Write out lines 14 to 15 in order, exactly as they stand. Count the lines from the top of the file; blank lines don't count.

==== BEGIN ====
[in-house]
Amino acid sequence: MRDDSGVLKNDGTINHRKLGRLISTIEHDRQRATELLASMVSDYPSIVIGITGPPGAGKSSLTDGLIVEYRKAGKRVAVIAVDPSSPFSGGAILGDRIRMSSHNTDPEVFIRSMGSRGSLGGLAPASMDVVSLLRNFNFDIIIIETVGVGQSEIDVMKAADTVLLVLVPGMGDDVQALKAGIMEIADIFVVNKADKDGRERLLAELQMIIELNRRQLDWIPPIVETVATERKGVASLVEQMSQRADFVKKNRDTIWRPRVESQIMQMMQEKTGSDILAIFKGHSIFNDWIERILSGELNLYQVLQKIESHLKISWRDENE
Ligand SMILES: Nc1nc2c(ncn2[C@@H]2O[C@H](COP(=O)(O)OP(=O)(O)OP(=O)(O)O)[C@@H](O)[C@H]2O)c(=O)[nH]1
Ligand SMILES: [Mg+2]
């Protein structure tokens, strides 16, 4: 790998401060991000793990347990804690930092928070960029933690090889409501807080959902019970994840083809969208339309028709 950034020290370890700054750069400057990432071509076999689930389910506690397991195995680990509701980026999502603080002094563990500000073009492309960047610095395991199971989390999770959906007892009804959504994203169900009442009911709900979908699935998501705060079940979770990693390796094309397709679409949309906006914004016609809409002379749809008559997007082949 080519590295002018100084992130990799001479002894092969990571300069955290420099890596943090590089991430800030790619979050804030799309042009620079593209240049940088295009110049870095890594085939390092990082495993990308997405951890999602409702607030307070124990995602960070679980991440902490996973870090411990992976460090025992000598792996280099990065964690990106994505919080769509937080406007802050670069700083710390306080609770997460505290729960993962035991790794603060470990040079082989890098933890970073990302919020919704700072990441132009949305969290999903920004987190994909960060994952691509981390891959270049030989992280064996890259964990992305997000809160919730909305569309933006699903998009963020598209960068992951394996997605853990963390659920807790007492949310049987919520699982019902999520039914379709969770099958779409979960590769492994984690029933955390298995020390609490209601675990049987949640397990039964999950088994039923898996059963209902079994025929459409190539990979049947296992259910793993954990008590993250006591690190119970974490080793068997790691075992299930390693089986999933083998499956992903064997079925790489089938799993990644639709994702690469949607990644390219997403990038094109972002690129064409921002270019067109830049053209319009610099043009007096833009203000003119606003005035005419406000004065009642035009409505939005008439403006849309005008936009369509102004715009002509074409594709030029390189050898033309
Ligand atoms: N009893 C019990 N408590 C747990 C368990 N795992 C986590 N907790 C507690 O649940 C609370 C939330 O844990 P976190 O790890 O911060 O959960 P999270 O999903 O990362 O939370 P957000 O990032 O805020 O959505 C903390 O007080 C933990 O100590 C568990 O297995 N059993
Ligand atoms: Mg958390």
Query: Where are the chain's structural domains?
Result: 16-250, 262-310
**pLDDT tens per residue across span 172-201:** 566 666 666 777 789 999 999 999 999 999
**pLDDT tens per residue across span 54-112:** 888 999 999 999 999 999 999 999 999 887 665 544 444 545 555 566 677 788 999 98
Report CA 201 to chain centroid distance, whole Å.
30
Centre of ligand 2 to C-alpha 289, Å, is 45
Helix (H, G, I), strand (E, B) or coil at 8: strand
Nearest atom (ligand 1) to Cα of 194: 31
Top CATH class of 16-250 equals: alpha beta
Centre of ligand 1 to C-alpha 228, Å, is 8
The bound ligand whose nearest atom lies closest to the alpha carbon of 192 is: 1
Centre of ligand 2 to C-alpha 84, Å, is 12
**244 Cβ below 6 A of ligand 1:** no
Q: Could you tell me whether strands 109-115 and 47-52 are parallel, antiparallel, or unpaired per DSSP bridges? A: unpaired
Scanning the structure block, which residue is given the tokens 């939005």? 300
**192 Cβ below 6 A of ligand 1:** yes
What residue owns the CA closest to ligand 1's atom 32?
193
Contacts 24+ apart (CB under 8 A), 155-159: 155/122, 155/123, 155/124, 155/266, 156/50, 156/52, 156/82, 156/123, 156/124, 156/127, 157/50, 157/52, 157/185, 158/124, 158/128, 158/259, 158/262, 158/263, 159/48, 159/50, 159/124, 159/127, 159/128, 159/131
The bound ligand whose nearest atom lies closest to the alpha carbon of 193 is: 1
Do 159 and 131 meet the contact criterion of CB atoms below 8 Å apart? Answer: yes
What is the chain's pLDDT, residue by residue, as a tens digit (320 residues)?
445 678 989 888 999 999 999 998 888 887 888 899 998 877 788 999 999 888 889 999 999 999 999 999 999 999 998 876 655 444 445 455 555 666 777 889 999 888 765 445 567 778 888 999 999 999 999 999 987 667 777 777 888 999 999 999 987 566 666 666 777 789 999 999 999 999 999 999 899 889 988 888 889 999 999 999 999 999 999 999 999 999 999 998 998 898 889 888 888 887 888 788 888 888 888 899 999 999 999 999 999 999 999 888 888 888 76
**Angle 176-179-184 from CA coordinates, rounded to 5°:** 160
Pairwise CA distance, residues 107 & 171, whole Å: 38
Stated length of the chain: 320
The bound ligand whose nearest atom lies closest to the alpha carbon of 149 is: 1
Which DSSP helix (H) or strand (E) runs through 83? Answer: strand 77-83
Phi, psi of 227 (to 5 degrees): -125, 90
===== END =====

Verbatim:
Centre of ligand 2 to C-alpha 289, Å, is 45
Helix (H, G, I), strand (E, B) or coil at 8: strand